• Second, they primarily hire Khmer people. I think this is great because, they understand the culture these students are coming from and it gives locals really great jobs.
  • Third, they don't let just anyone into the building, you have to go through a lengthy process to volunteer. You also have to volunteer for at least a year. This ensures safety for the students both mentally and physically. Some of the kids have gone through a lot of mental turmoil and CCF wants the children's lives to be as stable as possible. If an orphanage just gladly accepts you into their facilities and asks for money, it is most like a scam.
  • Fourth, if you don't write to your students, you lose your students. Again, this comes down to the mental stability of the child. They want an adult to remain as a constant in their lives. They don't just want someone darting in and out.

Lucky for me, the students at CCF live in Phnom Penh, and sponsors are able to meet them - all meetings have a chaperone. My student's name is Reaksmey, which means brightness in Khmer. Matt and I took Reaksmey, her friend, and a chaperone to the Royal Palace one afternoon while I was there. They all spoke English super well, especially her chaperone, who was fairly young himself and had just finished college with a major in English. He was also a CCF alum.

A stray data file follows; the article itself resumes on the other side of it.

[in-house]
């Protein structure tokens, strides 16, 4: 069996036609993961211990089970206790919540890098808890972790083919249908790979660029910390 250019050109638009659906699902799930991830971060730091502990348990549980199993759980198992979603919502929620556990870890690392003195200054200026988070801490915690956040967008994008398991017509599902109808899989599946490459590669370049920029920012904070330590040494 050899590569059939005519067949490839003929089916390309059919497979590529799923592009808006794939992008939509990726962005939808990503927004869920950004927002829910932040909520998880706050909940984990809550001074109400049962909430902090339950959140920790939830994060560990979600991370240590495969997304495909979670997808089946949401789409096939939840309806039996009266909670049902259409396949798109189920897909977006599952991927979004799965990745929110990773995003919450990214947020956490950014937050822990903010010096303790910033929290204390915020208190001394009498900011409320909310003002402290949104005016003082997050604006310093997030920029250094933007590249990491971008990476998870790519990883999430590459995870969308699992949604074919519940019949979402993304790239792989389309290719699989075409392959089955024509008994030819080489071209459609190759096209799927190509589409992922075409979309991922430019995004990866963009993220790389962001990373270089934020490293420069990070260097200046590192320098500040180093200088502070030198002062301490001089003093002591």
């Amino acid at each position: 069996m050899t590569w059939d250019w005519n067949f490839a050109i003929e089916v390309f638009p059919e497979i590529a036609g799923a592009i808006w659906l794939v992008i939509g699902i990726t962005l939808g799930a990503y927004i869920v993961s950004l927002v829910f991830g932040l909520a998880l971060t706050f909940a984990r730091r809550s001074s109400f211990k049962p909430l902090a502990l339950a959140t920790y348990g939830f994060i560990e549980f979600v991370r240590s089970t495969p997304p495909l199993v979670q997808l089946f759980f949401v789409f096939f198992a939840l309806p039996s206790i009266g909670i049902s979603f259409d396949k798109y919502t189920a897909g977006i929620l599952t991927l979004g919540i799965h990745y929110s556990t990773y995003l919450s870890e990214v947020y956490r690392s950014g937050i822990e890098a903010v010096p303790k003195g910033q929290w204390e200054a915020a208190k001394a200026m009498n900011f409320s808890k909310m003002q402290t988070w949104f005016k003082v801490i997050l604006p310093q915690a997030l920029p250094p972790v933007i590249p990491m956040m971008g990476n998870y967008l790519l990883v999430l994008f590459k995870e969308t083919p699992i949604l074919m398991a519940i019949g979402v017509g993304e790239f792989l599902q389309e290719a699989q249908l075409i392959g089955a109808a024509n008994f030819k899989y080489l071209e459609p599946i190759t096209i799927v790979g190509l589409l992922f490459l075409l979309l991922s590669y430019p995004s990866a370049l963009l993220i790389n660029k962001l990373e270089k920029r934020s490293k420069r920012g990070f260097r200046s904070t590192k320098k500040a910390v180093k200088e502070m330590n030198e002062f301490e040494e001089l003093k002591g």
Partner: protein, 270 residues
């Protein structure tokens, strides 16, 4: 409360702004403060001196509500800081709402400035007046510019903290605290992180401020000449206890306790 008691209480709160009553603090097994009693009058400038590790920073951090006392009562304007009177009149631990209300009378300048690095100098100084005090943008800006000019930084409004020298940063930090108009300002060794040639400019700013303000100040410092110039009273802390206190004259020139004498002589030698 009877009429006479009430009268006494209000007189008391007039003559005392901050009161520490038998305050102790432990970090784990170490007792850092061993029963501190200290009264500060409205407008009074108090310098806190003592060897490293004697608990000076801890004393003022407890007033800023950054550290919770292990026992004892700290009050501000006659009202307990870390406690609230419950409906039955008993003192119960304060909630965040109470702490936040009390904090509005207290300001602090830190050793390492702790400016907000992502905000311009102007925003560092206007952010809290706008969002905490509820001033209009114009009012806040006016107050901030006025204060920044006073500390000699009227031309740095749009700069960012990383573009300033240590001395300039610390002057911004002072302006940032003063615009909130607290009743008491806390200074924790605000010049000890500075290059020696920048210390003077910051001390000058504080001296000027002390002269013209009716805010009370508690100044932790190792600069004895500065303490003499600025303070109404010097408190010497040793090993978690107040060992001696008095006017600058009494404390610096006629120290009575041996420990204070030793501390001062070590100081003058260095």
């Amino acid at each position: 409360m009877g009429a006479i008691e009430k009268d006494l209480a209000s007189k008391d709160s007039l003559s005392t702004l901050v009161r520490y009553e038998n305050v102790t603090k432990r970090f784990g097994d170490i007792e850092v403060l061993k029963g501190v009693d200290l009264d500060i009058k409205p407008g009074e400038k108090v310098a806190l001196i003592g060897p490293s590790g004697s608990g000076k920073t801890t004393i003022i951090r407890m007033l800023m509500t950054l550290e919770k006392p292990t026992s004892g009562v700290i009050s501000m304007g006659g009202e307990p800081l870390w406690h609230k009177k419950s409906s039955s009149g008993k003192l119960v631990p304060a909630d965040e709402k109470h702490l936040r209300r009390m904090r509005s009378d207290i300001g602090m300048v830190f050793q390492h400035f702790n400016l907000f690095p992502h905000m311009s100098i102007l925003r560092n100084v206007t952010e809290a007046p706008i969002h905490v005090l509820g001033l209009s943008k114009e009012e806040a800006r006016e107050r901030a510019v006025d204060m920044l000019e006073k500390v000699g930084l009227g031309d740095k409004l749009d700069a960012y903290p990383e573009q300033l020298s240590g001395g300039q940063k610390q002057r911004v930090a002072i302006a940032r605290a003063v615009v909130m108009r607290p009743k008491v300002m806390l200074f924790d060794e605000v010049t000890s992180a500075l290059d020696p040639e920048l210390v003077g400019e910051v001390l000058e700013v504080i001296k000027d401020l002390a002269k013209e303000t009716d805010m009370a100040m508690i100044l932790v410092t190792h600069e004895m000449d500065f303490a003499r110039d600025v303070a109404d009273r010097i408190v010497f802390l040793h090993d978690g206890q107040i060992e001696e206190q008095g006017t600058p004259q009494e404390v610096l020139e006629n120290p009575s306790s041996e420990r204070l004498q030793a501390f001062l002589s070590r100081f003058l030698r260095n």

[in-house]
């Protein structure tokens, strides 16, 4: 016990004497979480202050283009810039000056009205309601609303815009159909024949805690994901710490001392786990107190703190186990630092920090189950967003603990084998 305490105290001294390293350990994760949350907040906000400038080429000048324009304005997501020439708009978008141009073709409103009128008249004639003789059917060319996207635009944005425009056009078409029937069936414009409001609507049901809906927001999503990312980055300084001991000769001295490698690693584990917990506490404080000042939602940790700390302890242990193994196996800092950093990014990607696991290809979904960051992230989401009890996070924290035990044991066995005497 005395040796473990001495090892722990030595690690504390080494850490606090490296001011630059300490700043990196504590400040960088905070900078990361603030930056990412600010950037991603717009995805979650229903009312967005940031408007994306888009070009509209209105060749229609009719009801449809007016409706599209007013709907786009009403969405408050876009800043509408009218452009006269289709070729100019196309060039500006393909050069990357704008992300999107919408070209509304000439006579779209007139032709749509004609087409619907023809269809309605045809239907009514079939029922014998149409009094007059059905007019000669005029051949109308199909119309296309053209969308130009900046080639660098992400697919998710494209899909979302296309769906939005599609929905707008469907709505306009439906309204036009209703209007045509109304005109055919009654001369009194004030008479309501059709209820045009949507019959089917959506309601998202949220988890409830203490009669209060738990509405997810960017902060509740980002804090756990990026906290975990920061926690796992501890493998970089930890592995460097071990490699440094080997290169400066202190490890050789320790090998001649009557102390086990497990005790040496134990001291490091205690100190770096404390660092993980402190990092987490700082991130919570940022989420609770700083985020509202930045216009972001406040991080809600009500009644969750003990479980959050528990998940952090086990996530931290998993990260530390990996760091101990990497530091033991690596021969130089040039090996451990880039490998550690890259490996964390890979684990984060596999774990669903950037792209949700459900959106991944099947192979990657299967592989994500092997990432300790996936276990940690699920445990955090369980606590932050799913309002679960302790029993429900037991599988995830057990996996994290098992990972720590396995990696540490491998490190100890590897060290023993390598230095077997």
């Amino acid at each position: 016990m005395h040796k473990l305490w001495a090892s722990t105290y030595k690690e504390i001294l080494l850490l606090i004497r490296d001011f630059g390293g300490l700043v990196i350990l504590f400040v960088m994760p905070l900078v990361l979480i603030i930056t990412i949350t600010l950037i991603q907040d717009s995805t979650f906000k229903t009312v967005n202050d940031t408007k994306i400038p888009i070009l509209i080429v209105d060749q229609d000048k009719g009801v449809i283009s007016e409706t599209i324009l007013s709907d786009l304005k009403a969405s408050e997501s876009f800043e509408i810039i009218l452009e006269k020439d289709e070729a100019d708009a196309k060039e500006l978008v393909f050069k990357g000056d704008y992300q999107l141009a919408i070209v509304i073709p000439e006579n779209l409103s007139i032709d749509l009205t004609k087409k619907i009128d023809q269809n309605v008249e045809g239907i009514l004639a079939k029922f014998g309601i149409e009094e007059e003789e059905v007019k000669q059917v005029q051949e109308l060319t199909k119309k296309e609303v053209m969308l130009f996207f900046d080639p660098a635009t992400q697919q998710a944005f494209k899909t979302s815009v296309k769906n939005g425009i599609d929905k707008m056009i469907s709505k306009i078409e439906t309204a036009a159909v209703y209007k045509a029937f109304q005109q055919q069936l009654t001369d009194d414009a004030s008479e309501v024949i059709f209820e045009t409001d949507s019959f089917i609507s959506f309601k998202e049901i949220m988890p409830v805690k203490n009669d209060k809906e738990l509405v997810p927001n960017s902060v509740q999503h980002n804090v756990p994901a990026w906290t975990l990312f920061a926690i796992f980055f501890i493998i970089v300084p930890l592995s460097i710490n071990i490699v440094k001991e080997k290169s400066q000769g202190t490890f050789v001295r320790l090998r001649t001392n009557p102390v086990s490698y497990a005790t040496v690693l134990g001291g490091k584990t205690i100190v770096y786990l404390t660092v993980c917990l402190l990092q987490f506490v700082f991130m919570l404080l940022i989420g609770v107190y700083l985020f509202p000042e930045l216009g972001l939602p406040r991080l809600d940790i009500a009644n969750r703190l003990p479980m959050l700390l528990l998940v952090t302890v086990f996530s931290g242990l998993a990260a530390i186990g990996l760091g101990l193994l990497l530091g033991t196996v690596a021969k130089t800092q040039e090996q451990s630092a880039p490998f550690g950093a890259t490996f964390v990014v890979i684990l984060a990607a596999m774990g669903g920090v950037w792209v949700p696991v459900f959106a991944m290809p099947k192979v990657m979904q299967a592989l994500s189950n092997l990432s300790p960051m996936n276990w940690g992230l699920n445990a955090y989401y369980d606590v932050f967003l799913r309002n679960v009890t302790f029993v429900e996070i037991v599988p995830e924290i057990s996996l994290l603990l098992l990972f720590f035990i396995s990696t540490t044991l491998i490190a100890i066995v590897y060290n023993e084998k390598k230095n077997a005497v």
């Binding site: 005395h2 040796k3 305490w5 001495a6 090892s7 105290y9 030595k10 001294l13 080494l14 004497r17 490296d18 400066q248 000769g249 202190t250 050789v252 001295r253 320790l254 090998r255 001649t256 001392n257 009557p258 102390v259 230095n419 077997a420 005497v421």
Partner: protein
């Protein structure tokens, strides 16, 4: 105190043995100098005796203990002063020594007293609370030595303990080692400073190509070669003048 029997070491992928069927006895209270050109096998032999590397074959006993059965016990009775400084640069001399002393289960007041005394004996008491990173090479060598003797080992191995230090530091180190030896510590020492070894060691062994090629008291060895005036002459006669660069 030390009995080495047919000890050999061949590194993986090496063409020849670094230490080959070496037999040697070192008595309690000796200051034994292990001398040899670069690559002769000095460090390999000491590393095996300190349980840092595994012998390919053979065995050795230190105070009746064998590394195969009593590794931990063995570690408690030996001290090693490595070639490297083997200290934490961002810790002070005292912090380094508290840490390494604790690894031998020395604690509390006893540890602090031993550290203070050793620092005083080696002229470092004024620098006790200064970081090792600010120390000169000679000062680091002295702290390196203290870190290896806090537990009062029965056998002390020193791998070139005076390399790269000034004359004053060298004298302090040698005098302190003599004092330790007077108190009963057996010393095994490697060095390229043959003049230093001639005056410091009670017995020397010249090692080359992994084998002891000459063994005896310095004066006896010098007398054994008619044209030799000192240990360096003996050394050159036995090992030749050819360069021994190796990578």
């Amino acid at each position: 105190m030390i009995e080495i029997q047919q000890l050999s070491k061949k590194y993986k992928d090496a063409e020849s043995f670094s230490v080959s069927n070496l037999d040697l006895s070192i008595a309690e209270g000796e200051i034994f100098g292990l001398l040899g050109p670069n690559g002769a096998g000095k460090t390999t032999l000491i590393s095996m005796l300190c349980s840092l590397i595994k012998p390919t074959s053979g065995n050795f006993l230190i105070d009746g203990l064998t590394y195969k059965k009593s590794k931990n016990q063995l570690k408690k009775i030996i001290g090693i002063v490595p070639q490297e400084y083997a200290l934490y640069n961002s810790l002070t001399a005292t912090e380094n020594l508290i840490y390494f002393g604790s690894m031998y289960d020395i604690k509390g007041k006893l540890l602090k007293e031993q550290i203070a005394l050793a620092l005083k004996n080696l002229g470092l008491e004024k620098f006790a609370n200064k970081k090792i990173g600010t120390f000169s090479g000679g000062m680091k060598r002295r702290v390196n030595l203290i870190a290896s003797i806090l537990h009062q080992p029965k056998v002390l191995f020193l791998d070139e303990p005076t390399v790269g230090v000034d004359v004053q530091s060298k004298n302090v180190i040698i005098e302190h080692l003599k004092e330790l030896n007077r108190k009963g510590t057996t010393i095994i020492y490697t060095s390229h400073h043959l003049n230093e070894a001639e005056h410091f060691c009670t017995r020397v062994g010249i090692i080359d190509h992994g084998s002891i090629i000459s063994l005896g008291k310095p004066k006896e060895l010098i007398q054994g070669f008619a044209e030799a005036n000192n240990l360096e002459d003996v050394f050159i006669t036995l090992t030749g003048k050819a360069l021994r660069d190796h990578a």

Reaksmey was very shy, but her friend was hilarious. They talked about Phnom Penh, some of the dangers that annoyed them, mainly pick pocketing, as well as what they wanted to be when they grew up. Reaksmey started her first semester of college this year and her friend was in her second.

The group inside the Royal Palace. Reaksmey's eyes are closed, oops!

Although, there were a lot of uncomfortable silences (and the fact that the girls didn't speak to Matt), we had a good time and I was so happy that my student was well adjusted, bright and happy.

Our PP Cheers:

Our major hangout was a placed called Empire Theater. It was owned by a married couple (one Khmer and one British). They played all the latest releases (Matt and I saw American Hustle, Twelve Years A Slave, The Butler, Dallas Buyers Club, etc). After not watching movies for about three months, it was a breath of fresh air.